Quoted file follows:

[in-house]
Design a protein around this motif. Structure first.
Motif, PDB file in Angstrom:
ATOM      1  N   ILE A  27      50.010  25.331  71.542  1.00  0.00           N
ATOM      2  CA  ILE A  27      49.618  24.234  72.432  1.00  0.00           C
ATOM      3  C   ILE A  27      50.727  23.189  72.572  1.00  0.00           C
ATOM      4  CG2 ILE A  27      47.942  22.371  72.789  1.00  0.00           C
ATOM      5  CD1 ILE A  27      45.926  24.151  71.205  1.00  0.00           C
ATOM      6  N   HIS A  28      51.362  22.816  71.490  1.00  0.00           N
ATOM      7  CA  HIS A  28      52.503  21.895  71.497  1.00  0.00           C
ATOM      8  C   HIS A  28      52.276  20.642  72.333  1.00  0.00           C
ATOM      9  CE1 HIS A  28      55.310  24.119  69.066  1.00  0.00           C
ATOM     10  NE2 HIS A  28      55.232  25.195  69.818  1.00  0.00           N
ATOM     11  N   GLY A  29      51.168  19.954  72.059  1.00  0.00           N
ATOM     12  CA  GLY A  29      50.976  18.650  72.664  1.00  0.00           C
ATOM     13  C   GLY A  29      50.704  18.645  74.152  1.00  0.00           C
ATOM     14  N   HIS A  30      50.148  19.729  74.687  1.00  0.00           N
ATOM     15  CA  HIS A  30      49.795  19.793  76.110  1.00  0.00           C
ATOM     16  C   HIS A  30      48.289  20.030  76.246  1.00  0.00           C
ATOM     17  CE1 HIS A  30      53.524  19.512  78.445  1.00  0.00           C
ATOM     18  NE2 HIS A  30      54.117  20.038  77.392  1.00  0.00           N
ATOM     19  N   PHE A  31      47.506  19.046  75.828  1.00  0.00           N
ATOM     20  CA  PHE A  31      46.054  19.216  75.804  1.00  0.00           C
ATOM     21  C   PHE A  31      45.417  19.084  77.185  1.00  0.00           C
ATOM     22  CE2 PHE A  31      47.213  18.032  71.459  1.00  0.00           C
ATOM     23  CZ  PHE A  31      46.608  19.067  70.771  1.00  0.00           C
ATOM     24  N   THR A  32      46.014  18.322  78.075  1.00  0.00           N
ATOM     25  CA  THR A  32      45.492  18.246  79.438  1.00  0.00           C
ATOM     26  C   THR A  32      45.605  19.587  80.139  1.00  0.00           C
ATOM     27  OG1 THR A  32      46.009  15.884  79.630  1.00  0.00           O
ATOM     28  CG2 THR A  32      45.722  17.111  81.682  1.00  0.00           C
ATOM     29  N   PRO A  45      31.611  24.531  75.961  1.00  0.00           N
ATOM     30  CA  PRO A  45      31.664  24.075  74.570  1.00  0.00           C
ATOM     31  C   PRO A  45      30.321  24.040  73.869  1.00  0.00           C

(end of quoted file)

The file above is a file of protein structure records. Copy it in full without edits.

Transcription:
[in-house]
Design a protein around this motif. Structure first.
Motif, PDB file in Angstrom:
ATOM      1  N   ILE A  27      50.010  25.331  71.542  1.00  0.00           N
ATOM      2  CA  ILE A  27      49.618  24.234  72.432  1.00  0.00           C
ATOM      3  C   ILE A  27      50.727  23.189  72.572  1.00  0.00           C
ATOM      4  CG2 ILE A  27      47.942  22.371  72.789  1.00  0.00           C
ATOM      5  CD1 ILE A  27      45.926  24.151  71.205  1.00  0.00           C
ATOM      6  N   HIS A  28      51.362  22.816  71.490  1.00  0.00           N
ATOM      7  CA  HIS A  28      52.503  21.895  71.497  1.00  0.00           C
ATOM      8  C   HIS A  28      52.276  20.642  72.333  1.00  0.00           C
ATOM      9  CE1 HIS A  28      55.310  24.119  69.066  1.00  0.00           C
ATOM     10  NE2 HIS A  28      55.232  25.195  69.818  1.00  0.00           N
ATOM     11  N   GLY A  29      51.168  19.954  72.059  1.00  0.00           N
ATOM     12  CA  GLY A  29      50.976  18.650  72.664  1.00  0.00           C
ATOM     13  C   GLY A  29      50.704  18.645  74.152  1.00  0.00           C
ATOM     14  N   HIS A  30      50.148  19.729  74.687  1.00  0.00           N
ATOM     15  CA  HIS A  30      49.795  19.793  76.110  1.00  0.00           C
ATOM     16  C   HIS A  30      48.289  20.030  76.246  1.00  0.00           C
ATOM     17  CE1 HIS A  30      53.524  19.512  78.445  1.00  0.00           C
ATOM     18  NE2 HIS A  30      54.117  20.038  77.392  1.00  0.00           N
ATOM     19  N   PHE A  31      47.506  19.046  75.828  1.00  0.00           N
ATOM     20  CA  PHE A  31      46.054  19.216  75.804  1.00  0.00           C
ATOM     21  C   PHE A  31      45.417  19.084  77.185  1.00  0.00           C
ATOM     22  CE2 PHE A  31      47.213  18.032  71.459  1.00  0.00           C
ATOM     23  CZ  PHE A  31      46.608  19.067  70.771  1.00  0.00           C
ATOM     24  N   THR A  32      46.014  18.322  78.075  1.00  0.00           N
ATOM     25  CA  THR A  32      45.492  18.246  79.438  1.00  0.00           C
ATOM     26  C   THR A  32      45.605  19.587  80.139  1.00  0.00           C
ATOM     27  OG1 THR A  32      46.009  15.884  79.630  1.00  0.00           O
ATOM     28  CG2 THR A  32      45.722  17.111  81.682  1.00  0.00           C
ATOM     29  N   PRO A  45      31.611  24.531  75.961  1.00  0.00           N
ATOM     30  CA  PRO A  45      31.664  24.075  74.570  1.00  0.00           C
ATOM     31  C   PRO A  45      30.321  24.040  73.869  1.00  0.00           C